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This collaborative project seeks to understand political and health information seeking during periods of dynamic change, such as the unfolding Coronavirus pandemic. Controlling for socioeconomic and other factors, we are particularly interested in how sources and channels used to obtain, verify, and update information influence individuals’ mental models and factual knowledge about the pandemic and appropriate responses.
Research Team: Johannes M. Bauer (MSU), Bianca C. Reisdorf (UNCC), Grant Blank (Oxford), Shelia R. Cotton (Clemson), Anna Argyris (MSU), Craig T. Robertson (Oxford), Megan Knittel (MSU)
Broadband and Student Performance Gaps is the result of a project designed to understand the repercussions of poor or no home Internet access on student performance and the associated costs to society. The Quello Center at Michigan State University (MSU) and Merit Network, in December 2018, brought together the K12 Citizen Science Working Group, a small group of stakeholders from Michigan school districts.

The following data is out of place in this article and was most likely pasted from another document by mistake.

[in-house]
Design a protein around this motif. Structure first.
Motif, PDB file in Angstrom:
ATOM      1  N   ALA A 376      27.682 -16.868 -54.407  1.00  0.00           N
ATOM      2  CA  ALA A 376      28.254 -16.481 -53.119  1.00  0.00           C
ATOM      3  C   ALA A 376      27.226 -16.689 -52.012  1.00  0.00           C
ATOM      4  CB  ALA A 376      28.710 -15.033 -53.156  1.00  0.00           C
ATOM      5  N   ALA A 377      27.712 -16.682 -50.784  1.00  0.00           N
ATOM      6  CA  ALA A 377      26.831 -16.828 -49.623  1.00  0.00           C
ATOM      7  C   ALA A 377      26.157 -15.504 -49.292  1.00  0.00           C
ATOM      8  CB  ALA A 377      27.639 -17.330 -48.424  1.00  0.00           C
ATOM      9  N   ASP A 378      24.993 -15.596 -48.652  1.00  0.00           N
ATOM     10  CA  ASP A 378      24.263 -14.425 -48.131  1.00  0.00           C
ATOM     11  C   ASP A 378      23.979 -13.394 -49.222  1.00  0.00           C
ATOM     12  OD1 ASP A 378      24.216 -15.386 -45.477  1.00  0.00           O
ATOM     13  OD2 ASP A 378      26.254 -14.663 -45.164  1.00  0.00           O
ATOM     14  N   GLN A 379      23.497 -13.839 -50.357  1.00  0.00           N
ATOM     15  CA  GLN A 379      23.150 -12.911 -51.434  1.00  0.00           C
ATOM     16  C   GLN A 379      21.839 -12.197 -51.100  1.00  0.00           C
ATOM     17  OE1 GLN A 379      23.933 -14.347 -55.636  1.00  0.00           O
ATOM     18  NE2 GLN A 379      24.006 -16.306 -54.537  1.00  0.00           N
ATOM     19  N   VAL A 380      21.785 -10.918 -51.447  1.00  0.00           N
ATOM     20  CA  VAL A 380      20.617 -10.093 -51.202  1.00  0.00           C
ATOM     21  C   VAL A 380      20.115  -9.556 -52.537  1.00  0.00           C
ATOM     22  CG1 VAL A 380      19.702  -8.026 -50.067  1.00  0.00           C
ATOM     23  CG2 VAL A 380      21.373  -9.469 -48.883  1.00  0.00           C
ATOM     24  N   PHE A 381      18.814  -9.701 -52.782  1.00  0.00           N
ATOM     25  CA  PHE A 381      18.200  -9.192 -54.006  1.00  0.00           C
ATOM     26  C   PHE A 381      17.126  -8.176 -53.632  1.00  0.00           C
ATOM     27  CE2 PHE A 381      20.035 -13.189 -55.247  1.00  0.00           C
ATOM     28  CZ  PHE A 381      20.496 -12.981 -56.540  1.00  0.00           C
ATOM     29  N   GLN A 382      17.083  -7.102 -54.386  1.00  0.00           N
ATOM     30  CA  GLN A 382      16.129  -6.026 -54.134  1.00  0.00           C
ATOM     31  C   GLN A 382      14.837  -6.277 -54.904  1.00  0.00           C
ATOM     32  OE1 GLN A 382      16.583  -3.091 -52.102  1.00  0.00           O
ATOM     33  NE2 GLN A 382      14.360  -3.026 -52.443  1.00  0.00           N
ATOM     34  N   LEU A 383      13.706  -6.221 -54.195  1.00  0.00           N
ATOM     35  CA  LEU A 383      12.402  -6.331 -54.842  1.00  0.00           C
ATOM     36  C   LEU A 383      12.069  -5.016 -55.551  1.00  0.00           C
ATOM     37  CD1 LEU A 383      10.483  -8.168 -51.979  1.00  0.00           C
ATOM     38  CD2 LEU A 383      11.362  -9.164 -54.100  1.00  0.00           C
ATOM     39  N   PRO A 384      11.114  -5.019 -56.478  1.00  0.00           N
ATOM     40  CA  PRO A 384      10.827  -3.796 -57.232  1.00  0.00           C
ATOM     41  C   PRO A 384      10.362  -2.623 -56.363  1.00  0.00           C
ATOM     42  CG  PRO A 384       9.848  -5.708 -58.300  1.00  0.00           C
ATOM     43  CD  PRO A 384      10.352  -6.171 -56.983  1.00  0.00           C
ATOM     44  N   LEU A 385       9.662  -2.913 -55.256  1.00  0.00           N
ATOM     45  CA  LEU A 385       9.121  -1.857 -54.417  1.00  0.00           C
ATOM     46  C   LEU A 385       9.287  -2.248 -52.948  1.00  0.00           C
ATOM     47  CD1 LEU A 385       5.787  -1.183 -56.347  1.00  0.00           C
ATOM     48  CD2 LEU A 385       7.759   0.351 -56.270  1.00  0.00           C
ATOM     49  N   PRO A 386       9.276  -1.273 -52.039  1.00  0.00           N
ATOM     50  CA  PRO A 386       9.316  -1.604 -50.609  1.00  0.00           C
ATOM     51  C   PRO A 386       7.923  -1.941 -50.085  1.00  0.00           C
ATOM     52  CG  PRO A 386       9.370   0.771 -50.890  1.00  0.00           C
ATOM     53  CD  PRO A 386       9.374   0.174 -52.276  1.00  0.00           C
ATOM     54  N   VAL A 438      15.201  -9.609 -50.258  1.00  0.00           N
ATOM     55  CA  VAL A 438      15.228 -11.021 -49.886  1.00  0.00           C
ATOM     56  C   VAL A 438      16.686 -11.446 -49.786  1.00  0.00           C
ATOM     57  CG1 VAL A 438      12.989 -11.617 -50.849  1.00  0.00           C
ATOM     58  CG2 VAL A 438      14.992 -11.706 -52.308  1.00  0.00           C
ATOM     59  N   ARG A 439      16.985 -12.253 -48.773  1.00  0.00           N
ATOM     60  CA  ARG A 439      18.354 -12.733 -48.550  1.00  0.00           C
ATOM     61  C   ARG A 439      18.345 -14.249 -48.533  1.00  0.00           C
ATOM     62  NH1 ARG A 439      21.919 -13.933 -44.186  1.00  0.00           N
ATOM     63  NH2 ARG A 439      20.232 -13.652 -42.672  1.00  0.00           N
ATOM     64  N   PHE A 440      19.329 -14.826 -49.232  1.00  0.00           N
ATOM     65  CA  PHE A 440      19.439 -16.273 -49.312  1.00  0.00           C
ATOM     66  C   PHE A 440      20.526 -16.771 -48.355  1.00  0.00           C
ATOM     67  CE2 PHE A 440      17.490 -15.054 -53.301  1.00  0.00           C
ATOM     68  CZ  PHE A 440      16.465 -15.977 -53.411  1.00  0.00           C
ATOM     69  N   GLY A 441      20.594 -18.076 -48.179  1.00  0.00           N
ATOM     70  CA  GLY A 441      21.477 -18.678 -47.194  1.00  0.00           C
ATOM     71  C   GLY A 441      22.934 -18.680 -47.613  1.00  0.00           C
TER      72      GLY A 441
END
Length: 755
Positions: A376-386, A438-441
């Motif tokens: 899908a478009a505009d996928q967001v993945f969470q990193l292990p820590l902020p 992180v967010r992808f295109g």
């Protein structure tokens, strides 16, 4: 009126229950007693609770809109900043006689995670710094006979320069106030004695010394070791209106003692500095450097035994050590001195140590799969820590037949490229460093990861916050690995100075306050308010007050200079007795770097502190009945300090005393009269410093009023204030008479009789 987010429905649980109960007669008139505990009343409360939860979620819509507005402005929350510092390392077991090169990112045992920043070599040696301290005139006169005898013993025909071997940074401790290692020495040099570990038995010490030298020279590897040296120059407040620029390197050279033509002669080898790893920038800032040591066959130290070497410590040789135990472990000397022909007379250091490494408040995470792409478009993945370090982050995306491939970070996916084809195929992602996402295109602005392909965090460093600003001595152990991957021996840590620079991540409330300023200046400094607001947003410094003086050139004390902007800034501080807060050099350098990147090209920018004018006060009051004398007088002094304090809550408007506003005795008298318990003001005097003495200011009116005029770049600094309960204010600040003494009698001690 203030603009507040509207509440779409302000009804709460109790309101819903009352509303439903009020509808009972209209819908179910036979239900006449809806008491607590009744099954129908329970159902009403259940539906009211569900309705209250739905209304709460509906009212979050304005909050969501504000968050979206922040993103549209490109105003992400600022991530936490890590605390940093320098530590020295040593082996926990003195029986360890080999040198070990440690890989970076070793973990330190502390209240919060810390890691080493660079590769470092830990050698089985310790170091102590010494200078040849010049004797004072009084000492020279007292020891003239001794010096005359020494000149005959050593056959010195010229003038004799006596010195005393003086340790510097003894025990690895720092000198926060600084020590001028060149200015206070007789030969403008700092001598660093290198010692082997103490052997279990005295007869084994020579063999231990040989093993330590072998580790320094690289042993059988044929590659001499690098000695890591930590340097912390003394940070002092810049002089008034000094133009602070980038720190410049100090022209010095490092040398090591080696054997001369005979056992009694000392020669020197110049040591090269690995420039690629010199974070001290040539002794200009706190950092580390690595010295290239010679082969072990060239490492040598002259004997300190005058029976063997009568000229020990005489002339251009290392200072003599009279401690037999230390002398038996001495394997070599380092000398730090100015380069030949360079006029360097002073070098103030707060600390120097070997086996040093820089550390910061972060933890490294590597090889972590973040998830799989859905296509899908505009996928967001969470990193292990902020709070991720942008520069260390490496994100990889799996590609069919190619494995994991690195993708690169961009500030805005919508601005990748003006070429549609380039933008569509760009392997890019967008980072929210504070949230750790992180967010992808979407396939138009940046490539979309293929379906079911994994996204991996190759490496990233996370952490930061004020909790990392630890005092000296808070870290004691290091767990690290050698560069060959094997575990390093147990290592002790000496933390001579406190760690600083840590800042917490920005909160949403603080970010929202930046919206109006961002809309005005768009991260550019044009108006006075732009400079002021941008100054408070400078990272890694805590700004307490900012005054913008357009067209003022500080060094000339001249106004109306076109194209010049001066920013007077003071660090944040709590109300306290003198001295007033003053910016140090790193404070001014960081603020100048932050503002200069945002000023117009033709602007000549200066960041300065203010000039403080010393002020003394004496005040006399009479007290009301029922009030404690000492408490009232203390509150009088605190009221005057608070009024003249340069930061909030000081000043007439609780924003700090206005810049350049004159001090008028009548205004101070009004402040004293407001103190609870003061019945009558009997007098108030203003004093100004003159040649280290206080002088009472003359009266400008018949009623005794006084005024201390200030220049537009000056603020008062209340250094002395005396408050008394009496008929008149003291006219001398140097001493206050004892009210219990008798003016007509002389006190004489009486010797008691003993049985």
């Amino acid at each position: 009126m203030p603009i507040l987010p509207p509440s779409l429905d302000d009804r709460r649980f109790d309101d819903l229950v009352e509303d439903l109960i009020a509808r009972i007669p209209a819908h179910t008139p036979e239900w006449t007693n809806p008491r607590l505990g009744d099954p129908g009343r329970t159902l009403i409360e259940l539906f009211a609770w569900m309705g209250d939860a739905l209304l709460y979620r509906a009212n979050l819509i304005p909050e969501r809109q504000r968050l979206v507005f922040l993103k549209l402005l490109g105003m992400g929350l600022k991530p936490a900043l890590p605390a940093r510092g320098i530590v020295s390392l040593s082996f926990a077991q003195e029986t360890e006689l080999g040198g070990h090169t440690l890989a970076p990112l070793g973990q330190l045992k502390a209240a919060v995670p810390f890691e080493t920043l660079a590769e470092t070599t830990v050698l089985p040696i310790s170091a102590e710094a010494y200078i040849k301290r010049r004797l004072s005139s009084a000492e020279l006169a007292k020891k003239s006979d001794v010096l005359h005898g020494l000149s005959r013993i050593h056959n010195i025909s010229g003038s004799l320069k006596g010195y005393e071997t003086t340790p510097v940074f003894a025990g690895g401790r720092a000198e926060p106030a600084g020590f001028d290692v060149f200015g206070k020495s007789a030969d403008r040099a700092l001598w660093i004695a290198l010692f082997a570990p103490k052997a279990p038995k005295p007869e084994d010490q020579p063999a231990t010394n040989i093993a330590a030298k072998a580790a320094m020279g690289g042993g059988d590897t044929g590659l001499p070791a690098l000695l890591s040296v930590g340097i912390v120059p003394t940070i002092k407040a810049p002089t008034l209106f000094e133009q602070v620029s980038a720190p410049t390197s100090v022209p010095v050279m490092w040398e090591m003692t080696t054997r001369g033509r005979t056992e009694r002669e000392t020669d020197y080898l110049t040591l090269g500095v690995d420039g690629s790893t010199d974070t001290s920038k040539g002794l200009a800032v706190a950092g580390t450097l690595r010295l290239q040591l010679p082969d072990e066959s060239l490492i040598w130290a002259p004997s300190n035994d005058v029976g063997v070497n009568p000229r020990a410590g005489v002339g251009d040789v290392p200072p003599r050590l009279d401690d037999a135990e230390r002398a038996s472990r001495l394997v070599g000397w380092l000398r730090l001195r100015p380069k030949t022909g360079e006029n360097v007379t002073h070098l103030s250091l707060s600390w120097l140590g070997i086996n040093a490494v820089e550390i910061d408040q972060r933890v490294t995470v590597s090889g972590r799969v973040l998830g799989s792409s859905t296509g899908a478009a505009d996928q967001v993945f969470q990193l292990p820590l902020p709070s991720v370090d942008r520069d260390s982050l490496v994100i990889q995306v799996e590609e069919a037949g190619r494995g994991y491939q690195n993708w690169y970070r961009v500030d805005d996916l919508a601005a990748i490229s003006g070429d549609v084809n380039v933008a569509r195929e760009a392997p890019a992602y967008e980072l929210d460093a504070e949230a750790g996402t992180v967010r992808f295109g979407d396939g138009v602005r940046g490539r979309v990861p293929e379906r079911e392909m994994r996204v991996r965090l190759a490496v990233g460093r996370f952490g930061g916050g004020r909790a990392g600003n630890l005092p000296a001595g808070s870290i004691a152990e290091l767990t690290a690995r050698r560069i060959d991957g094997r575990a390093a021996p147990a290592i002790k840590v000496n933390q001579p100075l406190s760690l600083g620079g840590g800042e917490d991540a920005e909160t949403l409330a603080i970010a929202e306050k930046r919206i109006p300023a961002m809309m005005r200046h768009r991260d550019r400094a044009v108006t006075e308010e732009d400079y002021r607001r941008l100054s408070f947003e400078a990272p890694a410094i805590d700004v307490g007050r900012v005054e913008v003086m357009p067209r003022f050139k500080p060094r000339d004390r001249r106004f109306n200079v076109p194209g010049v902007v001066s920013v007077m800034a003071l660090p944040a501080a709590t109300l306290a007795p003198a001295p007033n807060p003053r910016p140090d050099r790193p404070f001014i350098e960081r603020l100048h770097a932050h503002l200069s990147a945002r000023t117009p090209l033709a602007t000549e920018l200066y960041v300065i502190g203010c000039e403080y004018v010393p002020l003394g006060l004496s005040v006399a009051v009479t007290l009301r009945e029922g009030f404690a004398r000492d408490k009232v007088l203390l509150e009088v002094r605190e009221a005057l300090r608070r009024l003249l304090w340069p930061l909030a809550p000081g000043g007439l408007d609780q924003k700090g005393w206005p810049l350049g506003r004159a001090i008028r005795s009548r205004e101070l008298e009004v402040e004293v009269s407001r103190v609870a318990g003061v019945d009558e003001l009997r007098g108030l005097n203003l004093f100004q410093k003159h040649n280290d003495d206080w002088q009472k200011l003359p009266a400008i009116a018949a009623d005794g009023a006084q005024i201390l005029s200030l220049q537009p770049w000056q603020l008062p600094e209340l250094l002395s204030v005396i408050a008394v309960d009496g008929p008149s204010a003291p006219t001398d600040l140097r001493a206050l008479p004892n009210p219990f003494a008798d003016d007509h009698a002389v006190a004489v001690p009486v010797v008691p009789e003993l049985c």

Research Team: Keith N. Hampton (MSU), Laleah H. Fernandez (MSU), Craig T. Robertson (Oxford), Johannes M. Bauer (MSU)
The Quello Search Project focused on the role of online search in the context of other media and information technologies, such as social media, in shaping access to and the influence of political information. Data was gathered from six EU countries and the US, using Web-based online surveys as well as aggregated trace data from search engines. Quello’s MSU research team is managing the project, which included academics from the University of Oxford and the University of Ottawa as well as MSU.
Research Team: William H. Dutton (Professor Emeritus, USC), Bianca C. Reisdorf (UNC), Elizabeth Dubois (Ottawa), Grant Blank (Oxford), Craig T. Robertson (MSU, now Oxford), Sabrina Ahmad (Ottawa)
Work in this area is dedicated to topics related to broadband access, quality, digital skills and barriers to use, across rural and urban communities, to inform decisions aimed at narrowing digital divides.
Work in this area discusses principles of sound 5G policy that will help harness the tremendous potential of next-generation wireless innovation for business, government, and society.
Work in this area contributes to the development of appropriate policy responses to current and emerging challenges, including digital platform power, privacy, surveillance, data ethics, and the governance of AI.
Together with researchers in computer science and criminal justice we explore the economic, legal, behavioral, technical and policy aspects of cybersecurity, cybercrime, and cyberterrorism.